from Pragmatic Capitalism:
The recent announcement that the Bank of Japan will be buying ETFs and REITs surely has Richard Koo upset. After all, he has shown time and time again that such government intervention does nothing in the long-run. The U.S. government is currently hoping for a similar asset response as they attempt to keep “asset prices higher than they otherwise would be”. The problem, according to Koo, is that this is nothing more than a short-term psychological injection that separates fundamentals from reality. In the end, government buying real assets does nothing to alter free cash flow and always fails. In his Holy Grail of Macroeconomics he writes:
“Investors suffer heavy losses when the bubble collapses. The speculative demand that had been supporting prices falls away, and chastened investors start to rely on upon DCF as a gauge of value. Therefore, investors will not view asset-price increases brought about by the central bank purchases as being sustainable unless they are certain that the future cash flows generated by those assets will also increase.This gets to the real crux of this sort of government intervention in markets. It does not make people more productive, it does not create jobs, it does not increase output and it does not increase future cash flows. The Fed and BOJ hope to spark an investment and hiring boom. Unfortunately, there is no evidence that this sort of intervention can lower rates, increase borrowing or increase sustained economic activity. The conclusions should be obvious to everyone. A shuffling around of Fed assets does not alter private sector net financial assets. It might alter perceptions in the near-term, but hoping for a sustained recovery generated by the Fed’s balance sheet is sheer fantasy. Herding investors into risk assets that do not show the underlying fundamental improvement to sustain higher prices is nothing more than Ponzi finance. Or what Brian Sack prefers to call ” United States monetary policy”.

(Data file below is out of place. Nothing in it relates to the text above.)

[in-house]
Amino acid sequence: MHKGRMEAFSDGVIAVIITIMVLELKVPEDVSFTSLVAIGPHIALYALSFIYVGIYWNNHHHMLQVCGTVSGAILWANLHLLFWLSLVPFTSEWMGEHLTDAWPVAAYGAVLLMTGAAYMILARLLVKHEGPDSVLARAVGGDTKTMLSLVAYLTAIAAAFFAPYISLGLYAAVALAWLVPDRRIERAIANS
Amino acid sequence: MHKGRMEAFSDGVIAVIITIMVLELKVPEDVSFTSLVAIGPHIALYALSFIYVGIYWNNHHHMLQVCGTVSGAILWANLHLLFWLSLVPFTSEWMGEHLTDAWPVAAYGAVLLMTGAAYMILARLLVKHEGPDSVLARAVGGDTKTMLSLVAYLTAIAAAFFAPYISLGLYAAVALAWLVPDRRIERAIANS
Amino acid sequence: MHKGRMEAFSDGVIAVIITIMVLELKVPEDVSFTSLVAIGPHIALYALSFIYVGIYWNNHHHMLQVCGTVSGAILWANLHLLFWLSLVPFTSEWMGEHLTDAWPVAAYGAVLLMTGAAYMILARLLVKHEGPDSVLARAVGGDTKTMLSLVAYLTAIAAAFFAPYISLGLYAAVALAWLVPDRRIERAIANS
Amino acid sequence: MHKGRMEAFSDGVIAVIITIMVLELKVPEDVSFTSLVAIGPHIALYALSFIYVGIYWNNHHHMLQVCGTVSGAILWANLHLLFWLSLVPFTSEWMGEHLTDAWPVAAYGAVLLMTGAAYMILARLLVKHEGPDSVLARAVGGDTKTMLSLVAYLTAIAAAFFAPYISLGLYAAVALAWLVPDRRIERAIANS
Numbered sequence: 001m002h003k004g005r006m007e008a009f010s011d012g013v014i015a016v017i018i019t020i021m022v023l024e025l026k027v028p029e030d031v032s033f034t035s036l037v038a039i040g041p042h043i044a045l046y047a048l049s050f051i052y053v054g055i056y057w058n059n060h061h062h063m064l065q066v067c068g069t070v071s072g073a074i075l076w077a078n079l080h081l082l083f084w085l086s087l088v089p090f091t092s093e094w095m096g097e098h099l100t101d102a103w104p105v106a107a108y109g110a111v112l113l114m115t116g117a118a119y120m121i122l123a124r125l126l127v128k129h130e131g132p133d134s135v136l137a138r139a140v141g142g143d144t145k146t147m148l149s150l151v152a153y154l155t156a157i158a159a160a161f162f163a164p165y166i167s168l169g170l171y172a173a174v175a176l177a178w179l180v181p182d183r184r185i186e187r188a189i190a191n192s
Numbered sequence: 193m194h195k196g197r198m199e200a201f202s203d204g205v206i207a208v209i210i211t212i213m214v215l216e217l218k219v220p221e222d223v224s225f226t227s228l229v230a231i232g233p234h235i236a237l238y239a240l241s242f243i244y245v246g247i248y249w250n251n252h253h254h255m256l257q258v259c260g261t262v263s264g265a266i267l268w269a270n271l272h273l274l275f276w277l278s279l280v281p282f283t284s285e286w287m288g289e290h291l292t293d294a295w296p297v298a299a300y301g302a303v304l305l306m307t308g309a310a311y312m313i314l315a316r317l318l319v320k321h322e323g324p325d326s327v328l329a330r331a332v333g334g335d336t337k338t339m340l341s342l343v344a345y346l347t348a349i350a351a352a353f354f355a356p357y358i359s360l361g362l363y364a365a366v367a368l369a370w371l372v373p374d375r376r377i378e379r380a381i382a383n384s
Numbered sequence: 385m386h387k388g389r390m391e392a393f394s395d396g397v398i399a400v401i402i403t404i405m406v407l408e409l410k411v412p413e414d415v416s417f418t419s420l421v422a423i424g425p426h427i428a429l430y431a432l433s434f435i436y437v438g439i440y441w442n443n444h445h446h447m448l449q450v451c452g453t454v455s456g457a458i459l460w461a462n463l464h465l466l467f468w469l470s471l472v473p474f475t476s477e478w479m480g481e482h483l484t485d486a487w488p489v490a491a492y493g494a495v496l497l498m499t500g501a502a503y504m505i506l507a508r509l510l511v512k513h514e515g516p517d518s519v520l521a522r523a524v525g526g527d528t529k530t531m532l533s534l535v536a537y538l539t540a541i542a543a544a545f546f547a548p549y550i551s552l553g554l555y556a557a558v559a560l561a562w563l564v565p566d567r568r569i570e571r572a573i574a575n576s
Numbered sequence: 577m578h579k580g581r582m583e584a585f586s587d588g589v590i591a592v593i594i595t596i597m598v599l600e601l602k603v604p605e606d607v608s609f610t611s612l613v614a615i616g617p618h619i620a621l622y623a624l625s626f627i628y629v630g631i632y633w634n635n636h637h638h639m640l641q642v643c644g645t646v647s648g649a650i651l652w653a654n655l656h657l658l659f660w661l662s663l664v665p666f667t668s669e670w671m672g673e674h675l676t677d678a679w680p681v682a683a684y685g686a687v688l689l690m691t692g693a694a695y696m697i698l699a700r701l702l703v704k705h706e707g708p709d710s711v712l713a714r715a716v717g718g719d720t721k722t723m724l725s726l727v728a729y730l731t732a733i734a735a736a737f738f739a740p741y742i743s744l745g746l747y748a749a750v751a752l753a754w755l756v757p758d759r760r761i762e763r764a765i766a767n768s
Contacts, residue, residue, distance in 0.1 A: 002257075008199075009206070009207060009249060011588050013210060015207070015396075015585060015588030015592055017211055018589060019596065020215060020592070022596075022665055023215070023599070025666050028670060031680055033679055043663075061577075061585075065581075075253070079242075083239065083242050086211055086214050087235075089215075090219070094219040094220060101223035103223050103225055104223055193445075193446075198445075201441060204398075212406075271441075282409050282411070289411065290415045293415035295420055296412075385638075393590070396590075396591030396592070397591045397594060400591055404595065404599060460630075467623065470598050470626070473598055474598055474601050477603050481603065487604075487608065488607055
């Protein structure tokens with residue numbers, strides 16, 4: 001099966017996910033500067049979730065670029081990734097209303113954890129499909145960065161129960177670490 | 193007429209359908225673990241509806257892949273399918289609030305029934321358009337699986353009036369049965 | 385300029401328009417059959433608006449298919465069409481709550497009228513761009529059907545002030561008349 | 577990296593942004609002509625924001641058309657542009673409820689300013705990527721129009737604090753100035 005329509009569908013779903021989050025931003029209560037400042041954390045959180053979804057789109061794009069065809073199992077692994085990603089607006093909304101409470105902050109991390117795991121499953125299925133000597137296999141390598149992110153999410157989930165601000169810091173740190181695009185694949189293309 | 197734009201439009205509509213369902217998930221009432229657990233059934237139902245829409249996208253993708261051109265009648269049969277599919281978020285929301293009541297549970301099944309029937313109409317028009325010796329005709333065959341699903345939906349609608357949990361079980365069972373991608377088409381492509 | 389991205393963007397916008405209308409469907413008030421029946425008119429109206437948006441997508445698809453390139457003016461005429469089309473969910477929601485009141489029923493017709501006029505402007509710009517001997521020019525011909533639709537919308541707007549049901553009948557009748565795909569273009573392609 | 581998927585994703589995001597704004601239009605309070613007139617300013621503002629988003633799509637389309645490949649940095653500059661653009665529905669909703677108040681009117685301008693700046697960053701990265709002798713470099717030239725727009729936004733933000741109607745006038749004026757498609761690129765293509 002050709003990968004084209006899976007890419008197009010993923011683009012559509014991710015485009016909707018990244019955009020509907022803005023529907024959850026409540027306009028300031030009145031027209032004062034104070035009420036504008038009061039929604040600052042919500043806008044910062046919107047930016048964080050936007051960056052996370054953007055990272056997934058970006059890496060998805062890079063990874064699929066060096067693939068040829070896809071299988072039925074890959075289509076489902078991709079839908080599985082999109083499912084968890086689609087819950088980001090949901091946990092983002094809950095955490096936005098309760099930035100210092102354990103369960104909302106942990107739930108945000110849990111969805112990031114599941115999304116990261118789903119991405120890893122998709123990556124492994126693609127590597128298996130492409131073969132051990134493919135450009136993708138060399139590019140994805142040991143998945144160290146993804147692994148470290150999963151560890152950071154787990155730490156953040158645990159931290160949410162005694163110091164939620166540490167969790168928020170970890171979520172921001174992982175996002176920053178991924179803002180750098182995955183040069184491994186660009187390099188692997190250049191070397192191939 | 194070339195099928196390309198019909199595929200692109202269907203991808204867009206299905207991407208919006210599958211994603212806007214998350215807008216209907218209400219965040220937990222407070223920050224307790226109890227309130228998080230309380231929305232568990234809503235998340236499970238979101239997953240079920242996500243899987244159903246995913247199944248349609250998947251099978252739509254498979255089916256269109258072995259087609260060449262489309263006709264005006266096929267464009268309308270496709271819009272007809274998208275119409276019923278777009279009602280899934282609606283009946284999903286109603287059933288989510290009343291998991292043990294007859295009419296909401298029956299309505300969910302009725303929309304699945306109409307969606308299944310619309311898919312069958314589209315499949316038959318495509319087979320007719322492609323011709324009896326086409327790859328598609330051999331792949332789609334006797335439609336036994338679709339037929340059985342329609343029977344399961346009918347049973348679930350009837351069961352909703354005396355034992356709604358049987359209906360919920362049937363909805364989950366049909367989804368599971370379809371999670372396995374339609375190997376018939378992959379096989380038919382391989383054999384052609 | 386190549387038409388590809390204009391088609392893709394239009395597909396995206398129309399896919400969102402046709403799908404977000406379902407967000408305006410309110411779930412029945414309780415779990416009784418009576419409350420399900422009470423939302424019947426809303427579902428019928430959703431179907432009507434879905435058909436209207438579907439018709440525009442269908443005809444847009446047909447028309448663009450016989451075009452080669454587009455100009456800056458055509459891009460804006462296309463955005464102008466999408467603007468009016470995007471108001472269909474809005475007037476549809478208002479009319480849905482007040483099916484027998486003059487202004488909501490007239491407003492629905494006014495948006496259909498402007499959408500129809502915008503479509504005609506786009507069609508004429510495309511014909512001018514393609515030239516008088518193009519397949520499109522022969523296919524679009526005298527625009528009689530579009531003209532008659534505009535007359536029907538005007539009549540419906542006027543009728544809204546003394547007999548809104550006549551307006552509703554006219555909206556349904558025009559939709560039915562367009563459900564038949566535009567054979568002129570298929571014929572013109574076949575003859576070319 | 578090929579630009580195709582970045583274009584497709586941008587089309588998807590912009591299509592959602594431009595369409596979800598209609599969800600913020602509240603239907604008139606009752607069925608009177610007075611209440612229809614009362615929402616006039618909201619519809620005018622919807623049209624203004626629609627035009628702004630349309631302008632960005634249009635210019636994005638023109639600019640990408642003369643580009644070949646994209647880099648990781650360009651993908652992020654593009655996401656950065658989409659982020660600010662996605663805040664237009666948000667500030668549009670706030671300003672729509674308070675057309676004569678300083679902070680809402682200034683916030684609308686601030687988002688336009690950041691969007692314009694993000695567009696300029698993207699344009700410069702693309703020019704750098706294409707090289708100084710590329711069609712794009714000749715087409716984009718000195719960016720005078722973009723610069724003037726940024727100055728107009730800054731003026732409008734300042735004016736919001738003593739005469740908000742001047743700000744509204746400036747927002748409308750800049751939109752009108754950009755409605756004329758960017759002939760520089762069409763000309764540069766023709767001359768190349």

Many governments have attempted to sustain or boost asset prices after the collapse of asset-price bubbles, but with the exception of the short squeeze orchestrated by the Hong Kong government in 1997, all have failed. The reason is simple: market participants did not believe that these efforts would lift the DCF value of assets. In October 2002, for example, the Bank of Japan launched a much publicized effort to buy shares held by Japanese banks. But this effort not only failed to arrest the decline in Japanese shares, but left the Bank of Japan with large capital losses six months later. Even in the U.S., aggressive easing by the Fed in the wake of the Internet Bubble collapse in 2000 failed to stop the NASDAQ’s decline. It was only after demand for IT products had to pick up-that is, after the DCF of IT firms began to rise-that the NASDAQ shares began to stabilize and recover.”